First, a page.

But we’re getting ahead of ourselves a little. You play as a hunter from the Fifth Fleet sent to aid the Research Commission in the capture of an elder dragon known as Zorah Magdaros. The story is incredibly simple to grasp, and the structure is also basic, which both aids your gameplay and your progression. Equip your weapon, armour, and other items, then go into the field and hunt the next monster. Quests are relatively easy to find, and you’re also allowed to go on Expeditions, which are essentially opportunities for you to go out and gather items, hunt monsters not in one of the quests and earn more Research Points.
There are 14 weapon types to choose from, and different armour sets you can craft or buy, depending on your style. It’s hugely important to try every weapon, or at least a wide range of them because they all have significant strengths and weaknesses. World doesn’t have a leveling up system for your character, which is refreshing: instead, you kill monsters and grab their remains to craft better stuff. Certain monsters have resistances to fire and ice, among other things, so it’s always important to read the stats at the Smithy.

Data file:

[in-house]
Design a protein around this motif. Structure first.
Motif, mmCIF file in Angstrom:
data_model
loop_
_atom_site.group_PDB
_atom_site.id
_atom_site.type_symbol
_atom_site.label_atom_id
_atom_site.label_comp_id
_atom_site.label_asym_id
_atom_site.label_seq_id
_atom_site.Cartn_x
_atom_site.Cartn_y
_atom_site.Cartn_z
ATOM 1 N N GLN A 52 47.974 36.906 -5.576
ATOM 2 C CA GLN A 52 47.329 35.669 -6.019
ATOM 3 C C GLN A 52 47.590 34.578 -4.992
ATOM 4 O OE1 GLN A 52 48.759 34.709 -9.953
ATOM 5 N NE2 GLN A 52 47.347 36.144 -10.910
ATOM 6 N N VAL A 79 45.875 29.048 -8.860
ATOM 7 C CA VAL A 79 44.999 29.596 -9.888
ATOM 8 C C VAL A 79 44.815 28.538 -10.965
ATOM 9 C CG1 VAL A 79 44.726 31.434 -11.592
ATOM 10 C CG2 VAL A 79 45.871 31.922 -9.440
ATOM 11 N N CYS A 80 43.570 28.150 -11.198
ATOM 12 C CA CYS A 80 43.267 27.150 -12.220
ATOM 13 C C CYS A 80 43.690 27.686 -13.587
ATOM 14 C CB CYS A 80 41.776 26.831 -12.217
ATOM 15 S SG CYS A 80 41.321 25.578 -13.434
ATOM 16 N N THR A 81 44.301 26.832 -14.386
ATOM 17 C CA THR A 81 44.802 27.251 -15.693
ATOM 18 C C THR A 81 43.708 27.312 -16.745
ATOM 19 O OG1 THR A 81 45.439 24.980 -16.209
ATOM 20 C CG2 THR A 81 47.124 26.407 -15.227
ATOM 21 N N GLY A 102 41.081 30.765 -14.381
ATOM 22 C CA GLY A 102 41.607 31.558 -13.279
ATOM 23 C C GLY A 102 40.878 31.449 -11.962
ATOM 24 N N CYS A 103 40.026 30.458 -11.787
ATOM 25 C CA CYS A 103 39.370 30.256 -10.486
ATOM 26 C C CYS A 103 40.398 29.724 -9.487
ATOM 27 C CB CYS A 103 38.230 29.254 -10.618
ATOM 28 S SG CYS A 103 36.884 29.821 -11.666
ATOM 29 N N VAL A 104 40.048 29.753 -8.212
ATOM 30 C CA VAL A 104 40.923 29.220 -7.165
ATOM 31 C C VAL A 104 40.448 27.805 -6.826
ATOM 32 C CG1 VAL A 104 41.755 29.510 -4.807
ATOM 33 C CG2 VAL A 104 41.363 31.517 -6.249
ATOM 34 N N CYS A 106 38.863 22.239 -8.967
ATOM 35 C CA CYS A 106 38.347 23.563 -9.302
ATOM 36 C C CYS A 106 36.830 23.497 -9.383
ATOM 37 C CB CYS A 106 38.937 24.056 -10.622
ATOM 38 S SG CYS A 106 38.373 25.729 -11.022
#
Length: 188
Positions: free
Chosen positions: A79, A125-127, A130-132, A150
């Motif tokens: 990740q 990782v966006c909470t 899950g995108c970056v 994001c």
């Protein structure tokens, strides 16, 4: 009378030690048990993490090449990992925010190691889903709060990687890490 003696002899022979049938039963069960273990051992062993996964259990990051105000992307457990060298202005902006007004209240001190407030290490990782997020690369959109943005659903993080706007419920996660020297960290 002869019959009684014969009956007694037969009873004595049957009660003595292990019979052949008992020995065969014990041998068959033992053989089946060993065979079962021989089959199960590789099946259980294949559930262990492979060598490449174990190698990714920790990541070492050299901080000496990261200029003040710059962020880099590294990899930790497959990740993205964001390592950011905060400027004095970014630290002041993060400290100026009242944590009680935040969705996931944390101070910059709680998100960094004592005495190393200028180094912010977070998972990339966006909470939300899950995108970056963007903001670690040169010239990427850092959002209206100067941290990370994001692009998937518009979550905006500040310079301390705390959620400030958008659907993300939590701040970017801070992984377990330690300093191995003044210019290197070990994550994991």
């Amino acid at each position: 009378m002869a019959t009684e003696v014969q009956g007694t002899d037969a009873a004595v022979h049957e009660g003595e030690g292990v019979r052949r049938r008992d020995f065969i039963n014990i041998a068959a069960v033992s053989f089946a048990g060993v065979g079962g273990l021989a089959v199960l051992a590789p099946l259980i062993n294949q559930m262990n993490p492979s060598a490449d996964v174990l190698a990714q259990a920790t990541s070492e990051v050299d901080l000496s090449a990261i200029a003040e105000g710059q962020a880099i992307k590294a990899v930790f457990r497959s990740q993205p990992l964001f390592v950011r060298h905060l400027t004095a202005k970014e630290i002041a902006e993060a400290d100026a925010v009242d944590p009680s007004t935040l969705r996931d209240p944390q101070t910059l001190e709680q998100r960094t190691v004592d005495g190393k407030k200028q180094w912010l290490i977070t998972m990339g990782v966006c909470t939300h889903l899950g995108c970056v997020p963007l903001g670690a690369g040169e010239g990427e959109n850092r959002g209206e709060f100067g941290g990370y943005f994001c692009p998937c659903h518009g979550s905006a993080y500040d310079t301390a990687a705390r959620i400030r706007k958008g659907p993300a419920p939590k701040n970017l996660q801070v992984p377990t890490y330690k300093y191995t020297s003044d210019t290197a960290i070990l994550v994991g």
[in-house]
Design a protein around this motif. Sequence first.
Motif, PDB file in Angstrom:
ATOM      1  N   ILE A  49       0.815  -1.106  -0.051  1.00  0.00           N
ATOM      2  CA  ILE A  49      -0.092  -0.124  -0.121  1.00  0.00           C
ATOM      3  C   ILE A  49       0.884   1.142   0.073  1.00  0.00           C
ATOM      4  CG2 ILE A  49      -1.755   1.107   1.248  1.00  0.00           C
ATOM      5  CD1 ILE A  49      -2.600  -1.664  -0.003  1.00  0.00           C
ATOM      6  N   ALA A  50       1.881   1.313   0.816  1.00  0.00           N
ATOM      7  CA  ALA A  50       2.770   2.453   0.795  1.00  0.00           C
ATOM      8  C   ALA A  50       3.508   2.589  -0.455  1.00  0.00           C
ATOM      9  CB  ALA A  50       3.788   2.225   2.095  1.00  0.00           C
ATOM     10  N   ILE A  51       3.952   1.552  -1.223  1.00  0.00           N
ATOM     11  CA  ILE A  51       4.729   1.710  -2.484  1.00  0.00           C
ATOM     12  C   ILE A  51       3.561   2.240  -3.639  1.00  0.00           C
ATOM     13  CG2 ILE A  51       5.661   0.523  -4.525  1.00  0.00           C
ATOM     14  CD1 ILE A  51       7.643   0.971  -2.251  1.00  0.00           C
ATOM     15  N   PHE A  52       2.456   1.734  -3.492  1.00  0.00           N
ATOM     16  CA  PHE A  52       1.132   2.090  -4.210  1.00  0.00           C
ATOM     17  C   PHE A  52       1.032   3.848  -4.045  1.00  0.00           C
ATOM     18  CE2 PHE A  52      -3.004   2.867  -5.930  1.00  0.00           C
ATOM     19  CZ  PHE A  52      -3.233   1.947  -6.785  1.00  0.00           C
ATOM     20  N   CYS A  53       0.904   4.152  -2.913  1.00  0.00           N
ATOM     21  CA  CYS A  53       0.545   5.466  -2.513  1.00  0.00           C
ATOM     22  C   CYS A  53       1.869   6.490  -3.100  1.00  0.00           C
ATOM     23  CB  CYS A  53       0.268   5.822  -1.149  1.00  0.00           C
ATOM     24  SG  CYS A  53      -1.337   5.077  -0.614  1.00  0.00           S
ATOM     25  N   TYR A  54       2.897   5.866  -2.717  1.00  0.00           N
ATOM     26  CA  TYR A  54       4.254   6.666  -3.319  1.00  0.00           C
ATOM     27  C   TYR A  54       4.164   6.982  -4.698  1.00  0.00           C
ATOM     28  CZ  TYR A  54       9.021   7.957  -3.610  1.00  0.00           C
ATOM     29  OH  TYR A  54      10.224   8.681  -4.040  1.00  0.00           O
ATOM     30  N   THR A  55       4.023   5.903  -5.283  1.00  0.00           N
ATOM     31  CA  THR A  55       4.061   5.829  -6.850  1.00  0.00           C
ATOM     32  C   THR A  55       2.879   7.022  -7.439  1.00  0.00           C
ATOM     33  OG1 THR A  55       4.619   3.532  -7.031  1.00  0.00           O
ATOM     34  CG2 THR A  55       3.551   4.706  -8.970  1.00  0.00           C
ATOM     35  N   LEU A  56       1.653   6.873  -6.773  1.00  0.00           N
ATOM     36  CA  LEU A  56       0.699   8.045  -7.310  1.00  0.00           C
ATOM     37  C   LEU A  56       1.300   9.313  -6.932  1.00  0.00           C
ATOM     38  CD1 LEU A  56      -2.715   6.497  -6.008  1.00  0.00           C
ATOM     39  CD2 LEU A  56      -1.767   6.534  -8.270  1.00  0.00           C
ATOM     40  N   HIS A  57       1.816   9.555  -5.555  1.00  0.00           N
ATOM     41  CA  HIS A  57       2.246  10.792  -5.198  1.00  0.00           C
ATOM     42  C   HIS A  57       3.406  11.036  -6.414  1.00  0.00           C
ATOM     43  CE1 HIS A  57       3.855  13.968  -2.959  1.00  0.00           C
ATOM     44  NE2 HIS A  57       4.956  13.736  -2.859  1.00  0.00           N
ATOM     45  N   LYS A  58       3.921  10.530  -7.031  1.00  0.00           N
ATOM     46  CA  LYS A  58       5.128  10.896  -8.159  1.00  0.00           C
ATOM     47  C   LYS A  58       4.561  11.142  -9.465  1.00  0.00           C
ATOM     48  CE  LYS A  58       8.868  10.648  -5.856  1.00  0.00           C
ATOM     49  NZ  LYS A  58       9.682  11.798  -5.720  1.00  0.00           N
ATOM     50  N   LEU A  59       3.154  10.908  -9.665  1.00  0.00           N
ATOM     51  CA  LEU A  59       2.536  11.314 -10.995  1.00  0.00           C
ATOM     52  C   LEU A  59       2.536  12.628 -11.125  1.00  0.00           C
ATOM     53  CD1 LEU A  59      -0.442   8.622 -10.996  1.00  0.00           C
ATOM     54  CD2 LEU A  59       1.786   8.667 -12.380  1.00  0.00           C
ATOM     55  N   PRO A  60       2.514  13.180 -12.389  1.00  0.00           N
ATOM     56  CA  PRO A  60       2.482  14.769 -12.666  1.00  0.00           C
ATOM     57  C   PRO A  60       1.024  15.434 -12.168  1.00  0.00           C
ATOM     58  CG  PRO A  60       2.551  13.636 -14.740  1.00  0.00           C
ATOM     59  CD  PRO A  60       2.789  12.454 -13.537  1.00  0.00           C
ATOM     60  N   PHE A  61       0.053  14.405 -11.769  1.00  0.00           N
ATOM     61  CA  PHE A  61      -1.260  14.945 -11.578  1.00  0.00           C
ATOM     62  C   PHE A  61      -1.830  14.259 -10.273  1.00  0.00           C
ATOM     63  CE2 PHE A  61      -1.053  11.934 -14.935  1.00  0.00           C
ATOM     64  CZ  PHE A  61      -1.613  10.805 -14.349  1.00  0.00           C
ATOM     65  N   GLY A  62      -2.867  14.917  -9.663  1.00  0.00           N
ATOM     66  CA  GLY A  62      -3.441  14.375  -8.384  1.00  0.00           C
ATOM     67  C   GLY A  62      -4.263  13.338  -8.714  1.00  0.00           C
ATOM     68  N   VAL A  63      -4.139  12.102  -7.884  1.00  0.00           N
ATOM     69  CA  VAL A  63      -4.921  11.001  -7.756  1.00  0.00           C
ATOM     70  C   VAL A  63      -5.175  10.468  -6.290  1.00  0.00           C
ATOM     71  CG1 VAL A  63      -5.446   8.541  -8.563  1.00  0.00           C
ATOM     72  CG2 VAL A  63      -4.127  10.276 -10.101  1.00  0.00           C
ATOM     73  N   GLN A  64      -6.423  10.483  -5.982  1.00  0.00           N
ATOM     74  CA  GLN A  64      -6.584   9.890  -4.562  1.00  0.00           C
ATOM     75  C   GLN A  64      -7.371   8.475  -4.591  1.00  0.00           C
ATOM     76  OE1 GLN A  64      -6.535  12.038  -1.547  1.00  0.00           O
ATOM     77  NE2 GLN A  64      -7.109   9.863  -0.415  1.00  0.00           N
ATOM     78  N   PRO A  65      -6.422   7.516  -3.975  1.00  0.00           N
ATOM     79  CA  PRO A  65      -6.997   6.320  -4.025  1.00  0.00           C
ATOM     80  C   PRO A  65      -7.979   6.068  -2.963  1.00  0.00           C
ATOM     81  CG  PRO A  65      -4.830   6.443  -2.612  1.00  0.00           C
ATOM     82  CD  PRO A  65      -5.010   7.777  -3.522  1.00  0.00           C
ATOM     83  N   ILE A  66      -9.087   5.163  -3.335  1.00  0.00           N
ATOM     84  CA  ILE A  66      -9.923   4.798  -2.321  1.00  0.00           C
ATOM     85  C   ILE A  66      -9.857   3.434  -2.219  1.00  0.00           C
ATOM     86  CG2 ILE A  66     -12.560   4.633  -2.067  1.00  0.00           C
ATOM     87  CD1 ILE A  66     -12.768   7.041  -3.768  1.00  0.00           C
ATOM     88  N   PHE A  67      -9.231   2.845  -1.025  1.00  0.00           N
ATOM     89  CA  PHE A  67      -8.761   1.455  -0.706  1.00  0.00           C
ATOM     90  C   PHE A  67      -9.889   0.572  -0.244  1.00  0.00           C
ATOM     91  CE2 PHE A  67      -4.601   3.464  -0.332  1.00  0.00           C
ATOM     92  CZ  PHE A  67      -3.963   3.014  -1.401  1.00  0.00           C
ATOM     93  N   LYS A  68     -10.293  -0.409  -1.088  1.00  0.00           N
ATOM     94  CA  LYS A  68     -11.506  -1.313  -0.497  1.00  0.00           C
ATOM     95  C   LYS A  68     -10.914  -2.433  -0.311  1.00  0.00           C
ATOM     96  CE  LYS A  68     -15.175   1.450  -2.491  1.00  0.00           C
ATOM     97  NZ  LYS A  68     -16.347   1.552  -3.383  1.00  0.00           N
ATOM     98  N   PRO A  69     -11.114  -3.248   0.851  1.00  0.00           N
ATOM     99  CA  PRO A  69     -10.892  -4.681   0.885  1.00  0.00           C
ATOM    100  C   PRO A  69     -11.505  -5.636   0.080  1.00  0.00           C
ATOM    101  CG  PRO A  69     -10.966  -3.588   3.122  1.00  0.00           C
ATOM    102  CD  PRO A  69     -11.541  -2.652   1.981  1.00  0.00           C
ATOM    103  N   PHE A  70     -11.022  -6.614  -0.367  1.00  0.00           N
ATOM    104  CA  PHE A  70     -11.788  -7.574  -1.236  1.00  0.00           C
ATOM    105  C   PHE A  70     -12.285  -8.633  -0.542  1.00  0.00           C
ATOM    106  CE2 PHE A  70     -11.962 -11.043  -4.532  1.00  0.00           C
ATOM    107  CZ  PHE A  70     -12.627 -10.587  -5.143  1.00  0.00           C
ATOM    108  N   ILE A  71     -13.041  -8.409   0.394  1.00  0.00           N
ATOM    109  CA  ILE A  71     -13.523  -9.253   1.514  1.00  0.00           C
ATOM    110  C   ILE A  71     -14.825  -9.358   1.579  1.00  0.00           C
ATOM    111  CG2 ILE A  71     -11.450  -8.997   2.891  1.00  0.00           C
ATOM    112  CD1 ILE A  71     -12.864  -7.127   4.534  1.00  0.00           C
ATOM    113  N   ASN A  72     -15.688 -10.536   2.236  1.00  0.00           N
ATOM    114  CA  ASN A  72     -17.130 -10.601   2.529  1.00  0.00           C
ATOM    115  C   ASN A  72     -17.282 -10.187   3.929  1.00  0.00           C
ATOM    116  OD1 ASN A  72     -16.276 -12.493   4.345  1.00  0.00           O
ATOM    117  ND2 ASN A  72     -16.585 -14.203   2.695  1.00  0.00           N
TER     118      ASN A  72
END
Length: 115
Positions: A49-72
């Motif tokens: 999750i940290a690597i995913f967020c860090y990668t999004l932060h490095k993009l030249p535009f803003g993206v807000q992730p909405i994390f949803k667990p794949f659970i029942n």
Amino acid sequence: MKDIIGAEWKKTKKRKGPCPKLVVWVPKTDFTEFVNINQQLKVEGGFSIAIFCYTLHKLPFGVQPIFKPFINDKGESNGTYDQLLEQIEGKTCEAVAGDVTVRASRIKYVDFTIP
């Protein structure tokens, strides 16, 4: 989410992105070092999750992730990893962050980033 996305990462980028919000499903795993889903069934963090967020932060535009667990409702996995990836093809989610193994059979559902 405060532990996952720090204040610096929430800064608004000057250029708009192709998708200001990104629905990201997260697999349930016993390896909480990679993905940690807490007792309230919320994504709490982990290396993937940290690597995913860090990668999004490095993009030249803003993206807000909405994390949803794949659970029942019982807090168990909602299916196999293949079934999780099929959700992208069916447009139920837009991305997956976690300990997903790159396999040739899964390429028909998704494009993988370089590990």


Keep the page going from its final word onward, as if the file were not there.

I started off using the hammer because it did lots of damage, and in the beginning the first few monsters are slow and relatively easy to take down. But as you get through each hunt, the monsters react differently to your presence, and have plenty of different attributes that you’ll need to adapt to. For example, the Tobi-Kadachi is a wyvern that can fly from tree to tree, charging its body until its electrified, and will fly towards you causing huge amounts of damage. It’s difficult to get in close because it’s fast, so even when it takes a breather, you can’t be guaranteed it’ll be back on the move and out of reach once again. I foolishly went in with the Gunlance (a strong sword doubling up as a gun) but the Tobi-Kadachi kept getting away. The Radobaan was much easier to battle with the Gunlance because a lot of its bonelike spikes that protruded from its body could be blown off with the gun, and the sword could do damage to its guts.